Gastroesophageal Reflux Disease [2012 update]
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New in this update are several aspects of treatment and evaluation:
- A response to a short (2 week) course of a proton-pump inhibitor (PPI) often supports a diagnosis of GERD.
- On-demand therapy with PPIs is the most cost-effective method for GERD treatment, as generic omeprazole is currently the least expensive PPI.
- Aggressive acid reduction using PPIs BID before meals for at least 2-3 months is the standard treatment for atypical GERD and can demonstrate a causal relationship between GERD and extra-esophageal symptoms.
- Evidence is insufficient to conclude that PPI treatment benefits cough associated with GERD in adults.
- Patients should not be left on anti-secretory therapy without symptom re-evaluation to minimize cost and potential adverse events (e.g., Clostridium difficile-associated diarrhea; community acquired pneumonia; osteoporotic fracture; vitamin B12, calcium, and magnesium deficiencies, interactions with clopidogrel).
- Recent advances in "wireless" pH radiotelemetry capsule technology eliminates the need for the uncomfortable nasoesophageal tube for pH probe evaluation, and increases diagnostic yield by allowing for longer monitoring (e.g., 48-hour and 96-hour).
- Intraluminal impedance monitoring can detect "nonacid" (e.g., liquid/gas) reflux, important in refractory patients with regurgitation who are being considered for surgery or in patients with atypical symptoms.
Key aspects of care include:
- An empiric medication trial without diagnostic testing can identify GERD in most patients.
- Treat with either PPIs or histamine-2 receptor antagonists (H2RAs), with drug selection depending upon clinical efficacy and cost-effectiveness.
- Non-erosive reflux disease (NERD): step-up therapy (H2RA followed by PPI if no improvement) and step-down (PPI followed by the lowest dose of acid suppression) therapy are equally effective for both acute treatment and maintenance therapy.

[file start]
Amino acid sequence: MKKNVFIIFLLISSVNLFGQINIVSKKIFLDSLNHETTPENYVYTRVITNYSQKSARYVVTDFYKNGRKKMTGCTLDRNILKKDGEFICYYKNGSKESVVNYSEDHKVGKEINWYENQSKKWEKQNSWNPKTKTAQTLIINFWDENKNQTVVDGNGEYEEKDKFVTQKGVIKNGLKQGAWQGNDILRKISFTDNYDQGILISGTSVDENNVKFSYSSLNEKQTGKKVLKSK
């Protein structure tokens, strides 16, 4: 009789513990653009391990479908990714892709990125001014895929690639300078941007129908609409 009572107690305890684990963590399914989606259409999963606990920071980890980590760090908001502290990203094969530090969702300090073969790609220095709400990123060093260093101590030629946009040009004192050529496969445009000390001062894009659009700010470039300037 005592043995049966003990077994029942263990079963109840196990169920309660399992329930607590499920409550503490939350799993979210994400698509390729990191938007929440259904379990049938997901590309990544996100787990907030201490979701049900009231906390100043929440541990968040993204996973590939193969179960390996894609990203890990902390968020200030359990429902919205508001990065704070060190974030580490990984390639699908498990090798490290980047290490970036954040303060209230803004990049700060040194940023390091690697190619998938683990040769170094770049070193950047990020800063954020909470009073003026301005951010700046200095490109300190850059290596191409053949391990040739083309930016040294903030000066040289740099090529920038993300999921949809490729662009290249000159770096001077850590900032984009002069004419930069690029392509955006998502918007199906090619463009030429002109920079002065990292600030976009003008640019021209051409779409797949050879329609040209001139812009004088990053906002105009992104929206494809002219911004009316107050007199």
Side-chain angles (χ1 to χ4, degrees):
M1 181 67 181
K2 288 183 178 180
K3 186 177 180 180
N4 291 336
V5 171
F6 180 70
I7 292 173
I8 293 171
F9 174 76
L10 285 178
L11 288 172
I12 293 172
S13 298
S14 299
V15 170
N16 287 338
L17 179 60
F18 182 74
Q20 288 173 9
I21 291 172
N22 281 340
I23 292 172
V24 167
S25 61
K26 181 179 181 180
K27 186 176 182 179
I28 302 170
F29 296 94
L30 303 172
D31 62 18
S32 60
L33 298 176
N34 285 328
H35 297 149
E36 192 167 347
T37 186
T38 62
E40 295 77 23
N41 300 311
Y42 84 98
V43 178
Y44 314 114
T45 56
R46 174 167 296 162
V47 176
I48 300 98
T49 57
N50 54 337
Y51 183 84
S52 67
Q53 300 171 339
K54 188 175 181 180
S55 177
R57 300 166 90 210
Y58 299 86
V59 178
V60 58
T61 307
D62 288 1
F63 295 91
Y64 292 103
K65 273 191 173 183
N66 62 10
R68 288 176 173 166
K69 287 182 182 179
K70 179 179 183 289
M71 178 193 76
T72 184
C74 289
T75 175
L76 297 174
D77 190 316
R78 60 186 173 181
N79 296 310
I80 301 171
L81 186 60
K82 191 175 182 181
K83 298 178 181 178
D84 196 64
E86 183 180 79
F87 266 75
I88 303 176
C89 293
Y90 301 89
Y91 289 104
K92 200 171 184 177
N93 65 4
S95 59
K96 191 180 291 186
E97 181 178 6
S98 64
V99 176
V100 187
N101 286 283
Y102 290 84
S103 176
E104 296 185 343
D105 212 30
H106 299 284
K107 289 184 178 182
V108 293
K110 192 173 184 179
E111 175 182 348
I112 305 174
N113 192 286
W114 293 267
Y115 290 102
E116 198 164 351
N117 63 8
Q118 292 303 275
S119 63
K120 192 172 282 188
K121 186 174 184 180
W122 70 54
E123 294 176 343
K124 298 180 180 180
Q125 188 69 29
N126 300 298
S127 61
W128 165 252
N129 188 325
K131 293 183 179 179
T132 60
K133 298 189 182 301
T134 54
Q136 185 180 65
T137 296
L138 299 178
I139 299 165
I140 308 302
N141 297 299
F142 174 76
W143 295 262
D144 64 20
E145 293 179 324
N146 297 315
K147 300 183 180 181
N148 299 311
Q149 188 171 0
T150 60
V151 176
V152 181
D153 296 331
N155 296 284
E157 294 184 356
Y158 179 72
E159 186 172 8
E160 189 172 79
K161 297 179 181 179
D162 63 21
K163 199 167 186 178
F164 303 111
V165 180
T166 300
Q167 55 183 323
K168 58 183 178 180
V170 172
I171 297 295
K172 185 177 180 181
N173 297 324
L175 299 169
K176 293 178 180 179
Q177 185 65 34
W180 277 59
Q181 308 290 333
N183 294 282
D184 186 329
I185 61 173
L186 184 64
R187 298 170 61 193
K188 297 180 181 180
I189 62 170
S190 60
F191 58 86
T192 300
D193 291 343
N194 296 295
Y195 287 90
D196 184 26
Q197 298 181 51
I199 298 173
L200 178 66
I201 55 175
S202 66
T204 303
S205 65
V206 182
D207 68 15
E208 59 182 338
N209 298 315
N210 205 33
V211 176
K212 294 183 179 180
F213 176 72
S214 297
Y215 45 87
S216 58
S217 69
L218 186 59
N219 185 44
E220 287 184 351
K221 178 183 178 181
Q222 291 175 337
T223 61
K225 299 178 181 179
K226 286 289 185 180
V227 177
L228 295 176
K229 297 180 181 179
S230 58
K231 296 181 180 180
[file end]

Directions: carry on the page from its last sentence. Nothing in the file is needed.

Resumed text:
- Erosive esophagitis: PPI therapy is the treatment of choice in acute and maintenance therapy
- PPIs should be taken 30–60 minutes before a meal (e.g., daily: breakfast, BID: breakfast & dinner), not at bedtime, to optimize effectiveness. Increase single dose strength before increasing dosing frequency.
- Warning signs, including non-response to treatment, require diagnostic testing and referral to a GERD specialist. PPI therapy is treatment of choice in acute and maintenance therapy.
The University of Michigan Medical School designates this enduring material for a maximum of 1.0 AMA PRA Category 1 Credits™. Physicians should claim only the credit commensurate with the extent of their participation in the activity.
Release Date: May 2012
Termination Date: February 2021
[If the activity has been reviewed and credit has been extended, this statement should appear below the Accreditation & Credit designation statements on the web page]
Continued availability of CME credit for this activity depends on a thorough review of its content every three years. This activity was last reviewed for currency and accuracy in March 2018, and availability of CME credit continued.
Joel J. Heidelbaugh, MD; Family Medicine
R. Van Harrison, PhD; Medical Education
Mark A McQuillan, MD; Medical Education
Timothy T. Nostrant, MD; Gastroenterology
Financial Disclosure Information:
Mark A McQuillan, MD
Speakers Bureau: Tadeka, Pfizer, Astra Zeneca
There are no other relevant financial relationships to disclose for this CME activity.
UMHS Guidelines Oversight Team:
Karl T. Rew, MD
R. Van Harrison, PhD
Literature Search Services:
Taubman Medical Library